If you're keeping track of the online world, you probably know about the spectacularly successful website YouTube.com, where users can post videos of a child’s birthday party, a politician acting foolishly, or clips from a TV comedy show.
This week, our Website of the Week is sort of a YouTube for scientists.
PRITSKER: "Journal of visualized experiments is the first online journal presenting biological experiment in a new video format."
Moshe Pritsker is the young, Russian-born scientist who has just started the Journal of Visualized Experiments at MyJoVE.com. Scientists can post short videos explaining — and showing — how they did their experiments as a supplement to the papers they publish in scientific journals that present their findings.
One reason researchers publish their papers in scientific journals is so other scientists can do the same experiments and confirm the published results. But Pritsker says in the biological sciences especially, there usually is not enough space in a journal article to give all the details of how an experiment was set up. So other researchers may find it difficult to reach the same conclusion.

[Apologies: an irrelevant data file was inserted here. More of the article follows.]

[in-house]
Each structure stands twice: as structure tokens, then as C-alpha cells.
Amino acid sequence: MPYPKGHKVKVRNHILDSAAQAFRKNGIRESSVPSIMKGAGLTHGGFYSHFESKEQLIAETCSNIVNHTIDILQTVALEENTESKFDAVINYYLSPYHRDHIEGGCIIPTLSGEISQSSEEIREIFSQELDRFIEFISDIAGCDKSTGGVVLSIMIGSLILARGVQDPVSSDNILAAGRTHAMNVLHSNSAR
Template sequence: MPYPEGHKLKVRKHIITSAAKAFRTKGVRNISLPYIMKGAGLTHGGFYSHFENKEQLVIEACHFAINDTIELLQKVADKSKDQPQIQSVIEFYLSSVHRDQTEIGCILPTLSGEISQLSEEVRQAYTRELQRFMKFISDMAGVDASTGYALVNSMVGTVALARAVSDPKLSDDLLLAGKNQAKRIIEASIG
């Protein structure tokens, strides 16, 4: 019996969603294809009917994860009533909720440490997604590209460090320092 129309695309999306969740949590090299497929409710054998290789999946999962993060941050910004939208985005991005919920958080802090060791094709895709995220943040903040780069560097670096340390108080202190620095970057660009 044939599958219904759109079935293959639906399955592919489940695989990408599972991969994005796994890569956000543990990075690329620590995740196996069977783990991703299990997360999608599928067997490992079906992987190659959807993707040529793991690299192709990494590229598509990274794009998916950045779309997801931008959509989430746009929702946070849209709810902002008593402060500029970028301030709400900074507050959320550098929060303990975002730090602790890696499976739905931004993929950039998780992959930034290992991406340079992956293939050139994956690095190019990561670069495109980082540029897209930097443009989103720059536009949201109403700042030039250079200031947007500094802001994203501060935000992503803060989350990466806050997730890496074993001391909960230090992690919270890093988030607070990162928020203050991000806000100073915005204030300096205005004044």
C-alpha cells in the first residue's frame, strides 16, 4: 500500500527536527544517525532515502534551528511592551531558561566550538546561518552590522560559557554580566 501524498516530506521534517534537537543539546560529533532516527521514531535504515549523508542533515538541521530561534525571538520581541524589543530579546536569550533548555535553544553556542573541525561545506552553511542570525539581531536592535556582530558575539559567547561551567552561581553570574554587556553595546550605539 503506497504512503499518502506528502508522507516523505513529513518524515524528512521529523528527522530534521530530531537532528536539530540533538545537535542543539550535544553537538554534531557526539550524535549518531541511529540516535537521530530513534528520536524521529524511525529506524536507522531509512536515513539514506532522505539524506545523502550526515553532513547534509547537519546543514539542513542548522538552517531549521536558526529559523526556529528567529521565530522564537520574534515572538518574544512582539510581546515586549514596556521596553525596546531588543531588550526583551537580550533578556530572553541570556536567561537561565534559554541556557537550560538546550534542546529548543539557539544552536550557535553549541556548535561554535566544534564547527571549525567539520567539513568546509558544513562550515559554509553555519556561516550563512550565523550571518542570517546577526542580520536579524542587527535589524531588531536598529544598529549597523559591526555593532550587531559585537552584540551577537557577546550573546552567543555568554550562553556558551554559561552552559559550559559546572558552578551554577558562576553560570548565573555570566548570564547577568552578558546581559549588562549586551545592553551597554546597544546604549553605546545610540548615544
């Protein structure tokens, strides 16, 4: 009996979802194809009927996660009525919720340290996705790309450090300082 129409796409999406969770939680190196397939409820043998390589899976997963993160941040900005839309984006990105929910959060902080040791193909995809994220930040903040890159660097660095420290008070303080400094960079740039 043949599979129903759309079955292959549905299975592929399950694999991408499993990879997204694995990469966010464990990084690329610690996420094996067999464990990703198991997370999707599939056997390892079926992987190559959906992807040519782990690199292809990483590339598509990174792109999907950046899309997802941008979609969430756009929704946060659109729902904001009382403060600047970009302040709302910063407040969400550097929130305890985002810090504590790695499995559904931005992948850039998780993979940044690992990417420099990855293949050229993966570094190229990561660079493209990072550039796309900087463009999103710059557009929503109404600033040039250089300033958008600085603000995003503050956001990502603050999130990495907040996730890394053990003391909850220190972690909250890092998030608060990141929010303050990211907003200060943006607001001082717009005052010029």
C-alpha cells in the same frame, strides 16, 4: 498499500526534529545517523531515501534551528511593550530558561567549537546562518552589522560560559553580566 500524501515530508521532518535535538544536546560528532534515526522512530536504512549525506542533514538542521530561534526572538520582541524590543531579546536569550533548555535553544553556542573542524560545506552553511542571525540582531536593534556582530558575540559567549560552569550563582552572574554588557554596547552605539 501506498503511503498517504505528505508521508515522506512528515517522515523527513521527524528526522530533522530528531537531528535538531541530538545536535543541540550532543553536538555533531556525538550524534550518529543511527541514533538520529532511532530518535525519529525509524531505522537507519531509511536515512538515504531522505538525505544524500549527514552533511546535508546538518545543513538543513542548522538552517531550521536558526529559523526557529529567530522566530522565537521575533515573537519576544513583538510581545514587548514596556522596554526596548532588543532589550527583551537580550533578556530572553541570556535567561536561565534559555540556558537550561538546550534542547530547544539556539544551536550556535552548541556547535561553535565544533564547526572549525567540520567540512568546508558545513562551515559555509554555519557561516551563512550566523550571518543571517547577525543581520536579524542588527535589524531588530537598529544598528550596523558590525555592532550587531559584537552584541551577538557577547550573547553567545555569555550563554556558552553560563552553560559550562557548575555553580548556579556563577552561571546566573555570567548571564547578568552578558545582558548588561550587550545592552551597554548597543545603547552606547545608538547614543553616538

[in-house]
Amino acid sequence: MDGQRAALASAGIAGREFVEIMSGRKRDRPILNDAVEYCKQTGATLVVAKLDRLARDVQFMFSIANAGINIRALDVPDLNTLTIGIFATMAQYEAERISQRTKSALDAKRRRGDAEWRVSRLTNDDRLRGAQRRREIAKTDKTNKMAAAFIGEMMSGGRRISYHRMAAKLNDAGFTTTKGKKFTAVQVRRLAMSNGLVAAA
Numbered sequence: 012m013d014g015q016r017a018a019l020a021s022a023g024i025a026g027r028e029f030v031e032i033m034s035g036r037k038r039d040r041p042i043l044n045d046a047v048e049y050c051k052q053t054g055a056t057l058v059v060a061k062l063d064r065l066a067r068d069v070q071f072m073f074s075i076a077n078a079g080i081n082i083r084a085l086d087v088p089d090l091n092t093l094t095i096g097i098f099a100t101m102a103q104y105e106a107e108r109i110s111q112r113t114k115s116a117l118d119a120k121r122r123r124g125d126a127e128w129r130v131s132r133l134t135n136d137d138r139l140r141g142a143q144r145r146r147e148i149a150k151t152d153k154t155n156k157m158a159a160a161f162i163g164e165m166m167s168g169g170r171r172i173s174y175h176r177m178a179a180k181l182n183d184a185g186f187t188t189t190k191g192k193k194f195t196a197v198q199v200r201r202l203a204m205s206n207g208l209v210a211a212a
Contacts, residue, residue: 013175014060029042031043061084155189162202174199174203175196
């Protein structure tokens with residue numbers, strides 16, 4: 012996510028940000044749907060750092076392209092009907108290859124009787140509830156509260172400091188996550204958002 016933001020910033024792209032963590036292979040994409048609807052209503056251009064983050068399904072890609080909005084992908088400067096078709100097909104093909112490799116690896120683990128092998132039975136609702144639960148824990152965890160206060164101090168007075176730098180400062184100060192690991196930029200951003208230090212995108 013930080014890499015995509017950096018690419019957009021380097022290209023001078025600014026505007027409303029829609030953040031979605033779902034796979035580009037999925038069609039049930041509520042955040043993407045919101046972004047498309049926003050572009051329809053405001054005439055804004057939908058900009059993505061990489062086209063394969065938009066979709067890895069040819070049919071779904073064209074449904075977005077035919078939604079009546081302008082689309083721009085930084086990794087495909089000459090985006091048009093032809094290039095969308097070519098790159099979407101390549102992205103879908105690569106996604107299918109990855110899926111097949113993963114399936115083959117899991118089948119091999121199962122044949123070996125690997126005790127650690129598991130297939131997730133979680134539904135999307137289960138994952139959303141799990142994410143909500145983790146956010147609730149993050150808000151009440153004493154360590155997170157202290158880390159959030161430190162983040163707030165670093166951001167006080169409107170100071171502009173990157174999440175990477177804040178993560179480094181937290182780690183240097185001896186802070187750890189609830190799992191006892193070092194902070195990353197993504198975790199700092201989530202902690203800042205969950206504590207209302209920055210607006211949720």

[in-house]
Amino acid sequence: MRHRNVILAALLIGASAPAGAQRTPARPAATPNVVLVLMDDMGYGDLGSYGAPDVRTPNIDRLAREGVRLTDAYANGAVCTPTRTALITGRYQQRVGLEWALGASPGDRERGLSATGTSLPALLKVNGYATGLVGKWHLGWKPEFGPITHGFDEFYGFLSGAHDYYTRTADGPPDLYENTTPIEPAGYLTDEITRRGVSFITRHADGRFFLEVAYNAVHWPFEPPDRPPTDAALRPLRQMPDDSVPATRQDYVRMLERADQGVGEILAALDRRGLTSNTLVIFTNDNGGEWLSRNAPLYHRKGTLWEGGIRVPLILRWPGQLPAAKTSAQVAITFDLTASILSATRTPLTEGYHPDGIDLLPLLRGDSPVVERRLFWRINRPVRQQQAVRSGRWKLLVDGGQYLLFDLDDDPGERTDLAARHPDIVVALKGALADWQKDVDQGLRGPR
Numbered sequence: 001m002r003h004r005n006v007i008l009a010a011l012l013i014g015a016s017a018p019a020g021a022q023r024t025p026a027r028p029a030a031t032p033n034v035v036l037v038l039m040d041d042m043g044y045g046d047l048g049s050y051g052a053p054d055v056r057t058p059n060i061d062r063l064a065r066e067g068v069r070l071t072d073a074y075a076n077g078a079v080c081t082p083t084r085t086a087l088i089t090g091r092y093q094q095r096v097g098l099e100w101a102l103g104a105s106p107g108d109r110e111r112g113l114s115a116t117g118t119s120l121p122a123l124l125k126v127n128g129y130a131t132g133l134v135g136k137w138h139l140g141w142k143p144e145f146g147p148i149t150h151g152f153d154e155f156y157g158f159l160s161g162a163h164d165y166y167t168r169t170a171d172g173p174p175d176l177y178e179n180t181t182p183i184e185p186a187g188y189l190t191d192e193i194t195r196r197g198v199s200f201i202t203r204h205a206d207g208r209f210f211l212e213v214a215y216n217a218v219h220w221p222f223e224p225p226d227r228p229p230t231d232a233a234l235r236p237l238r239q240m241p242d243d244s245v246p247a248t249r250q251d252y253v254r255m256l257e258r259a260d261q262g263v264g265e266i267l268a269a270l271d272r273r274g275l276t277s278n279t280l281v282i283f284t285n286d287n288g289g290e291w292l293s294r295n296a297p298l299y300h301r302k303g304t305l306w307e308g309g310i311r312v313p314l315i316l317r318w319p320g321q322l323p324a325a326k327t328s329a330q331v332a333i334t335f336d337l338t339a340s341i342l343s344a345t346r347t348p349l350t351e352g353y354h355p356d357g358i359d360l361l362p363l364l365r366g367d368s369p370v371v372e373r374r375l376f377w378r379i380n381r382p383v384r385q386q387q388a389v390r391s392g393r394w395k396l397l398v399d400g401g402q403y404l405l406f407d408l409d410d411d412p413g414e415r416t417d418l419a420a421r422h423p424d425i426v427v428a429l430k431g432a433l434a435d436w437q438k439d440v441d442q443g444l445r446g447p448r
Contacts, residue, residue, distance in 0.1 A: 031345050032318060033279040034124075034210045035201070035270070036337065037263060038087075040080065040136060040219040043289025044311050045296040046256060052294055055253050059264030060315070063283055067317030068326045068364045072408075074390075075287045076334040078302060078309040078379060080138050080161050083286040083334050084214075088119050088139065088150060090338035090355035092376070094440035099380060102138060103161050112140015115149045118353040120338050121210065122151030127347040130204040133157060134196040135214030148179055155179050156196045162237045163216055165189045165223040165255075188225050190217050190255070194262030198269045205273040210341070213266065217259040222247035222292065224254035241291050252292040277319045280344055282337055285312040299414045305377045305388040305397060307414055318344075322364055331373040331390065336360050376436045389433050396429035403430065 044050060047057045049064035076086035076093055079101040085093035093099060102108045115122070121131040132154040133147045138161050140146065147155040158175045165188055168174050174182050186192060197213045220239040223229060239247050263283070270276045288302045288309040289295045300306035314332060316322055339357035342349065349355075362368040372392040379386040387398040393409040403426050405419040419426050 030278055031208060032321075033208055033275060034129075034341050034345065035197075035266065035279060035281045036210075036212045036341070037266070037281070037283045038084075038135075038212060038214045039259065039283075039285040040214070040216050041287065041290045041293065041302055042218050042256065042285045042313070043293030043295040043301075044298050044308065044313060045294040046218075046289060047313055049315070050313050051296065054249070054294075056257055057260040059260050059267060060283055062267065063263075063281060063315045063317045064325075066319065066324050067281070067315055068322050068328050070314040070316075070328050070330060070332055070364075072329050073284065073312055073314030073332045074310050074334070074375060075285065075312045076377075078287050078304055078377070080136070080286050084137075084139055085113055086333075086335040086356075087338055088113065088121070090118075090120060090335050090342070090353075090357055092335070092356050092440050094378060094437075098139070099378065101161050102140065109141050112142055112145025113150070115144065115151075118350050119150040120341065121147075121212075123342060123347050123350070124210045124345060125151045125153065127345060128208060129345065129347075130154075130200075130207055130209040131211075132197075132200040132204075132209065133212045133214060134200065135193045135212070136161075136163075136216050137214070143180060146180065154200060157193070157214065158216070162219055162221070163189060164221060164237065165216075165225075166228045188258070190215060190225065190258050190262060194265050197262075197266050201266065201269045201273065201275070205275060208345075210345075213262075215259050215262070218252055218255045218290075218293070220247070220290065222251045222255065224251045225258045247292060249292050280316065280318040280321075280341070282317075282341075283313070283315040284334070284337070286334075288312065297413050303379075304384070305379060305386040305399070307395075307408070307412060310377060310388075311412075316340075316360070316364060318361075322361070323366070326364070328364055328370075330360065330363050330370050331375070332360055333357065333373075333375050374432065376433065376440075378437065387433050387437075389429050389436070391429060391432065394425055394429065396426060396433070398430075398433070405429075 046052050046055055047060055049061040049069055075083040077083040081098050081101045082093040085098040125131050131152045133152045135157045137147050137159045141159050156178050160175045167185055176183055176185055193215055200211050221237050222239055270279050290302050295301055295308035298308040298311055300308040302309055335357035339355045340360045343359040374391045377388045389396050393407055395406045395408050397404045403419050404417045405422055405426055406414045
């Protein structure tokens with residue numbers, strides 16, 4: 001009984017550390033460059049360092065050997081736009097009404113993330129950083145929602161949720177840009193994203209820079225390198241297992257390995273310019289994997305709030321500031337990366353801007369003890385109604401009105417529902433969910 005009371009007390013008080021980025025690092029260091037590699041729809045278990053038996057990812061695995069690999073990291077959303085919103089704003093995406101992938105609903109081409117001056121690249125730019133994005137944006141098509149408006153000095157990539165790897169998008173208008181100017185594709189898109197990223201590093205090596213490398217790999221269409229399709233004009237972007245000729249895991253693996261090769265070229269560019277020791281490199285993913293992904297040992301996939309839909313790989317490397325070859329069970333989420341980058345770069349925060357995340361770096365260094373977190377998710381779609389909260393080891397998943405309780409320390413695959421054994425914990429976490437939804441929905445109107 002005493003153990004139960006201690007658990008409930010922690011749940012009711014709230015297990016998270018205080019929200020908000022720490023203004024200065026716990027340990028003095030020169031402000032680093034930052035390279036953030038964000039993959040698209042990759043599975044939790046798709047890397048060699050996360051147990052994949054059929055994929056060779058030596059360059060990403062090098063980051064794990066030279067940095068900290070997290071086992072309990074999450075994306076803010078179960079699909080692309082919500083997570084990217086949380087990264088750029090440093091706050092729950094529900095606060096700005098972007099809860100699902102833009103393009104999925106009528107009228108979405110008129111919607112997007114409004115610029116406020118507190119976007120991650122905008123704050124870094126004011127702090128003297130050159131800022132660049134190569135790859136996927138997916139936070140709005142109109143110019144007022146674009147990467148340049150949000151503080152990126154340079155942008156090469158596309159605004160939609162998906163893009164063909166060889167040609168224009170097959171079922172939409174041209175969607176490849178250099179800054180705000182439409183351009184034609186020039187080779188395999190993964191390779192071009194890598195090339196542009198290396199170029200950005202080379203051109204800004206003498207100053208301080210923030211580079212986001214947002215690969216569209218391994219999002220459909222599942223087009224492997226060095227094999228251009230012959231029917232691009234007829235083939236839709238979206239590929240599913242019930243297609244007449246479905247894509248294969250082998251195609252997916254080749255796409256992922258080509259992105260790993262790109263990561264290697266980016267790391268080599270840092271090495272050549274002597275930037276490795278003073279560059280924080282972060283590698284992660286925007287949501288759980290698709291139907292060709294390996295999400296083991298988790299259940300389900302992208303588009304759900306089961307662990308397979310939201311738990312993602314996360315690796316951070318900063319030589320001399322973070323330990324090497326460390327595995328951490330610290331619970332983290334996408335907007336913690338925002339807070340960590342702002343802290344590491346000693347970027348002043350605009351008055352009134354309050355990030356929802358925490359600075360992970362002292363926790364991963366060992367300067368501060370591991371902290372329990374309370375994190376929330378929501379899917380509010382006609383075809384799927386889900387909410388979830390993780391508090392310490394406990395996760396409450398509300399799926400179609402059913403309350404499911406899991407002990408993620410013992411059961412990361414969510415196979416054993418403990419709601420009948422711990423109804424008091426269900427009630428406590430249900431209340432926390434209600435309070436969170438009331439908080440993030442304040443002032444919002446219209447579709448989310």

PRITSKER: "And as a result of this phenomena of low reproducibility and science, which leads to a waste of time, waste of resources, frustration in everyday life of every scientist so I was thinking of how to improve it and that was the idea. So the idea is if we would be able to show it instead to write about it."
Q: "The old saying, a picture is worth a thousand words?"